“You see the trouble but you don’t understand my struggle.”
A new collaboration between people who have experienced homelessness and local artists will be shown at the People's History Museum on Monday 11 June 2018 as part of Manchester Histories Festival.
'Moving Panoramas' will combine visual arts with original songwriting to create a performance piece centred around scrolling artworks that reflect on our past but also give voice to experiences in the present.
Arts organisation arthur+martha’s lead artist Lois Blackburn and singer songwriter Matt Hill (Quiet Loner) have worked with people from the Booth Centre, a day centre in Manchester for those who have experienced homelessness. Taking inspiration from the People's History Museum they have created songs and artworks that explore the rich history of Manchester's streets as well as their own personal histories and stories.
As the project began it became clear that museums are places some homeless people like to go to. One of the project participants said “I've visited more museums since I've been homeless than I ever did before”. The People's History Museum with its story of the struggles of ordinary working people provided lots of ideas that have been expanded and explored to create the new work.
The songs and artworks created speak of 21st century issues such as debt, living in poverty and lack of representation. They also draw parallels with similar struggles from the 19th and 20th centuries. The idea of struggle was one of the main themes to emerge. Gary from Salford who was recently homeless said of the Booth Centre “Everyone who comes here finds something a struggle, from the past, present or the future.” Gary later reflected on that in lyrics for a song he wrote called 'I've seen you there' - “I’ve seen you there but you have no time to spare. You see the trouble but you don’t understand my struggle.”
The performance, taking place from 12.00pm to 1.00pm on Monday 11 June 2018, will be filmed and will feature some of the project participants from the Booth Centre performing alongside the scrolling artworks. The performance has been created in response to the People’s History Museum’s collections, and on issues within their exhibition Represent! Voices 100 Years On which runs from Saturday 2 June 2018 to Sunday 3 February 2019. The project has been supported by a grant from Arts Council England.
Andy Burnham, Mayor of Greater Manchester, will show his support for local homeless charity the Booth Centre by joining its team for the Great Manchester Run on Sunday 20th May.
To highlight the ongoing work to support frontline projects which aim to tackle homelessness and rough sleeping across the city-region, the Mayor will run alongside visitors, staff, volunteers and supporters of the charity as part of Team Booth Centre.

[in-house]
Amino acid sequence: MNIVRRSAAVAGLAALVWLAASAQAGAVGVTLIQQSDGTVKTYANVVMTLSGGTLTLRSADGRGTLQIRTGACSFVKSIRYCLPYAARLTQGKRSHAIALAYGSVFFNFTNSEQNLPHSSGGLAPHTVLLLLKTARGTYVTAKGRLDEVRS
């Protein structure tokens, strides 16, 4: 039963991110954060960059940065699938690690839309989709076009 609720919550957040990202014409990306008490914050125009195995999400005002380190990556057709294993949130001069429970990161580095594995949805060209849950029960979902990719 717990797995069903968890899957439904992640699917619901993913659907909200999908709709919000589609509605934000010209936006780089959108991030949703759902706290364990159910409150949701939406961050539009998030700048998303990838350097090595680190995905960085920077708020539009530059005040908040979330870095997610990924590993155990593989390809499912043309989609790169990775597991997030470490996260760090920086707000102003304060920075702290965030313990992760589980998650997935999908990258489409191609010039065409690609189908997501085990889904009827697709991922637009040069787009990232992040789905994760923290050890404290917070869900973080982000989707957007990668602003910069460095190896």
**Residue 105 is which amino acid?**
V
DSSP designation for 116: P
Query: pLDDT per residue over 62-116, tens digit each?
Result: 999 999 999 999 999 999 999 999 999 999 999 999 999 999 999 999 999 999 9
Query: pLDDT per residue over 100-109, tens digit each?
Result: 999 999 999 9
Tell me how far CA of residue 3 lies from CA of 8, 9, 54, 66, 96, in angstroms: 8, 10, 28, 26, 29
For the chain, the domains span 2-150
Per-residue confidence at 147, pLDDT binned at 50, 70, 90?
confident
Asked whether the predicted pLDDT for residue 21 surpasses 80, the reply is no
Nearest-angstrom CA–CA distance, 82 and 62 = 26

Following his election as Mayor last year, Andy announced his goal to end the need for rough sleeping across Greater Manchester by 2020 and reduce homelessness across the city-region. Each month he donates 15% of his salary to the Mayor’s Homelessness Fund, which aims to provide vital support for local charities combating the prevalent issue of homelessness. The fund has raised more than £107,000 so far in aid of these charities.
In the past year the Mayor has shown support for the work of the Booth Centre which brings about positive, long-term change in the homeless community by providing advice on finding permanent accommodation, education and training, as well as helping to secure employment. Andy has visited the Centre many times, taking the time to consult with visitors who are homeless or sleeping rough on the streets.
Andy will be joining a team of 140 Booth Centre runners on Sunday 20th May to participate in the Great Manchester Run, an event which is now in its 16th year.
Andy Burnham said: “Greater Manchester is developing genuinely innovative solutions to tackling homelessness. We are building a movement for change across our city-region with the clear goal of ending the need for rough sleeping here by 2020.
“I’ve seen first-hand the work that the Booth Centre is doing to transform the lives of homeless people, those rough sleeping and those at risk of homelessness in Greater Manchester.
“The Centre’s approach, helping to tackle this humanitarian crisis on the streets of our city-region, is to be commended. I wanted to show my support for what they do. It is an honour to be running with the visitors, staff, volunteers and supporters, all of whom are having such a positive impact on the lives of so many who need help and support.”
Amanda Croome, CEO at the Booth Centre commented: “Andy recognises the scale of homelessness across the city and this is an issue that we are working tirelessly to address here at the Centre. We are forever grateful for his support.
“By taking part in the Great Manchester Run, Andy and our team will be raising awareness and vital funds which will enable us to help even more vulnerable people rebuild their lives.”
To support Team Booth Centre and the charity’s work helping homeless people in the city, visit www.justgiving.com/boothcentregmr